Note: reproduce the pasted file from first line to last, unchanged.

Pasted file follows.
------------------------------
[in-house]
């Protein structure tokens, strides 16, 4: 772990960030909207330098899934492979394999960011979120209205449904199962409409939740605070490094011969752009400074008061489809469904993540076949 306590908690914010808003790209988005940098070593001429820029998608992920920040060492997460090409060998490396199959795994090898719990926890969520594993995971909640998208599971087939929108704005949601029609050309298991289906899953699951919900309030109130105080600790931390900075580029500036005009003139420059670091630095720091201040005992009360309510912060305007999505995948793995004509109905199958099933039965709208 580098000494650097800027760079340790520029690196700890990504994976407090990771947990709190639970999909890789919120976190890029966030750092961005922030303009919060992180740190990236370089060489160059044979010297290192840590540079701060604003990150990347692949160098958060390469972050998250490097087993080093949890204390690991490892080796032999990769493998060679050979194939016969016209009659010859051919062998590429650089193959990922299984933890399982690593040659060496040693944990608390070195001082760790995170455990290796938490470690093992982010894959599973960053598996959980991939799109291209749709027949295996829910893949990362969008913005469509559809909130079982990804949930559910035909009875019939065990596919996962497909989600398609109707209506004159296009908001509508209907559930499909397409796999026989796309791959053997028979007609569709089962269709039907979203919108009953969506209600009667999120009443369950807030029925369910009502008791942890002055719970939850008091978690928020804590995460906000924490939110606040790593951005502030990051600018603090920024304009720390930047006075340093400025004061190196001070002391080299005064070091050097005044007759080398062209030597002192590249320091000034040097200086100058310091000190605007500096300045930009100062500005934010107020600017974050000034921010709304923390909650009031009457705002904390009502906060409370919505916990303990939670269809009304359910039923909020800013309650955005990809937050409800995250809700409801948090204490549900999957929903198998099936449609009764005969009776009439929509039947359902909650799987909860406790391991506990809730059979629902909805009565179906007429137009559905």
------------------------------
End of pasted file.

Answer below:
[in-house]
């Protein structure tokens, strides 16, 4: 772990960030909207330098899934492979394999960011979120209205449904199962409409939740605070490094011969752009400074008061489809469904993540076949 306590908690914010808003790209988005940098070593001429820029998608992920920040060492997460090409060998490396199959795994090898719990926890969520594993995971909640998208599971087939929108704005949601029609050309298991289906899953699951919900309030109130105080600790931390900075580029500036005009003139420059670091630095720091201040005992009360309510912060305007999505995948793995004509109905199958099933039965709208 580098000494650097800027760079340790520029690196700890990504994976407090990771947990709190639970999909890789919120976190890029966030750092961005922030303009919060992180740190990236370089060489160059044979010297290192840590540079701060604003990150990347692949160098958060390469972050998250490097087993080093949890204390690991490892080796032999990769493998060679050979194939016969016209009659010859051919062998590429650089193959990922299984933890399982690593040659060496040693944990608390070195001082760790995170455990290796938490470690093992982010894959599973960053598996959980991939799109291209749709027949295996829910893949990362969008913005469509559809909130079982990804949930559910035909009875019939065990596919996962497909989600398609109707209506004159296009908001509508209907559930499909397409796999026989796309791959053997028979007609569709089962269709039907979203919108009953969506209600009667999120009443369950807030029925369910009502008791942890002055719970939850008091978690928020804590995460906000924490939110606040790593951005502030990051600018603090920024304009720390930047006075340093400025004061190196001070002391080299005064070091050097005044007759080398062209030597002192590249320091000034040097200086100058310091000190605007500096300045930009100062500005934010107020600017974050000034921010709304923390909650009031009457705002904390009502906060409370919505916990303990939670269809009304359910039923909020800013309650955005990809937050409800995250809700409801948090204490549900999957929903198998099936449609009764005969009776009439929509039947359902909650799987909860406790391991506990809730059979629902909805009565179906007429137009559905």